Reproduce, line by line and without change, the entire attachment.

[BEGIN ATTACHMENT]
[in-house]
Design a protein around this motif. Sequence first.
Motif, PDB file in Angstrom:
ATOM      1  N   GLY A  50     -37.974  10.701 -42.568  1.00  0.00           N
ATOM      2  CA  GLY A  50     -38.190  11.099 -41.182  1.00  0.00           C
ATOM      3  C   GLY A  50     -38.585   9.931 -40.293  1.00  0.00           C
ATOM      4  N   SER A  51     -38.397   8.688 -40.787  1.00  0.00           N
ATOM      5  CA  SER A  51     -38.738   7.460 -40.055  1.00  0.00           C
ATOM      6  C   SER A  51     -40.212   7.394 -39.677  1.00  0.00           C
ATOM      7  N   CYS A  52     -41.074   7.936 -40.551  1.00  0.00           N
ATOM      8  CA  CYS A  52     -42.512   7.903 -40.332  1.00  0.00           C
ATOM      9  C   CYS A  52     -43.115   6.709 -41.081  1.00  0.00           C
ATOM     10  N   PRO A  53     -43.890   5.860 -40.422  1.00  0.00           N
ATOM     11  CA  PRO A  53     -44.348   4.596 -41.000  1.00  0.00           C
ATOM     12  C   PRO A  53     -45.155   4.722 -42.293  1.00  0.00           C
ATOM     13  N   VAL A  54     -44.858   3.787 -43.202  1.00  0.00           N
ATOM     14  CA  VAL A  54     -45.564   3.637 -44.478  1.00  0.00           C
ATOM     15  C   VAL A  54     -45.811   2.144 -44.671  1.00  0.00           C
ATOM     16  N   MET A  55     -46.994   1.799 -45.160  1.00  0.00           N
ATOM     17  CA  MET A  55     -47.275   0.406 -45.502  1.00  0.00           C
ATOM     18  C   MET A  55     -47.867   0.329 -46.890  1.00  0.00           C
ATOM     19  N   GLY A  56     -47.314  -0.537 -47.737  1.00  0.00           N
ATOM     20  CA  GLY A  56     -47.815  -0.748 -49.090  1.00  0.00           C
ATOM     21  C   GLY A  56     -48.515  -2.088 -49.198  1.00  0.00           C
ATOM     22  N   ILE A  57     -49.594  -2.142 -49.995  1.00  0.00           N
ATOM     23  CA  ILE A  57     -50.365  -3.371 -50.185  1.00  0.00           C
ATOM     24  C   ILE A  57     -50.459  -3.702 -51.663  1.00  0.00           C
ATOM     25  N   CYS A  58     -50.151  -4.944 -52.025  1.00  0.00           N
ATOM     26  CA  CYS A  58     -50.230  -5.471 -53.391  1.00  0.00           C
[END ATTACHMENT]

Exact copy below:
[in-house]
Design a protein around this motif. Sequence first.
Motif, PDB file in Angstrom:
ATOM      1  N   GLY A  50     -37.974  10.701 -42.568  1.00  0.00           N
ATOM      2  CA  GLY A  50     -38.190  11.099 -41.182  1.00  0.00           C
ATOM      3  C   GLY A  50     -38.585   9.931 -40.293  1.00  0.00           C
ATOM      4  N   SER A  51     -38.397   8.688 -40.787  1.00  0.00           N
ATOM      5  CA  SER A  51     -38.738   7.460 -40.055  1.00  0.00           C
ATOM      6  C   SER A  51     -40.212   7.394 -39.677  1.00  0.00           C
ATOM      7  N   CYS A  52     -41.074   7.936 -40.551  1.00  0.00           N
ATOM      8  CA  CYS A  52     -42.512   7.903 -40.332  1.00  0.00           C
ATOM      9  C   CYS A  52     -43.115   6.709 -41.081  1.00  0.00           C
ATOM     10  N   PRO A  53     -43.890   5.860 -40.422  1.00  0.00           N
ATOM     11  CA  PRO A  53     -44.348   4.596 -41.000  1.00  0.00           C
ATOM     12  C   PRO A  53     -45.155   4.722 -42.293  1.00  0.00           C
ATOM     13  N   VAL A  54     -44.858   3.787 -43.202  1.00  0.00           N
ATOM     14  CA  VAL A  54     -45.564   3.637 -44.478  1.00  0.00           C
ATOM     15  C   VAL A  54     -45.811   2.144 -44.671  1.00  0.00           C
ATOM     16  N   MET A  55     -46.994   1.799 -45.160  1.00  0.00           N
ATOM     17  CA  MET A  55     -47.275   0.406 -45.502  1.00  0.00           C
ATOM     18  C   MET A  55     -47.867   0.329 -46.890  1.00  0.00           C
ATOM     19  N   GLY A  56     -47.314  -0.537 -47.737  1.00  0.00           N
ATOM     20  CA  GLY A  56     -47.815  -0.748 -49.090  1.00  0.00           C
ATOM     21  C   GLY A  56     -48.515  -2.088 -49.198  1.00  0.00           C
ATOM     22  N   ILE A  57     -49.594  -2.142 -49.995  1.00  0.00           N
ATOM     23  CA  ILE A  57     -50.365  -3.371 -50.185  1.00  0.00           C
ATOM     24  C   ILE A  57     -50.459  -3.702 -51.663  1.00  0.00           C
ATOM     25  N   CYS A  58     -50.151  -4.944 -52.025  1.00  0.00           N
ATOM     26  CA  CYS A  58     -50.230  -5.471 -53.391  1.00  0.00           C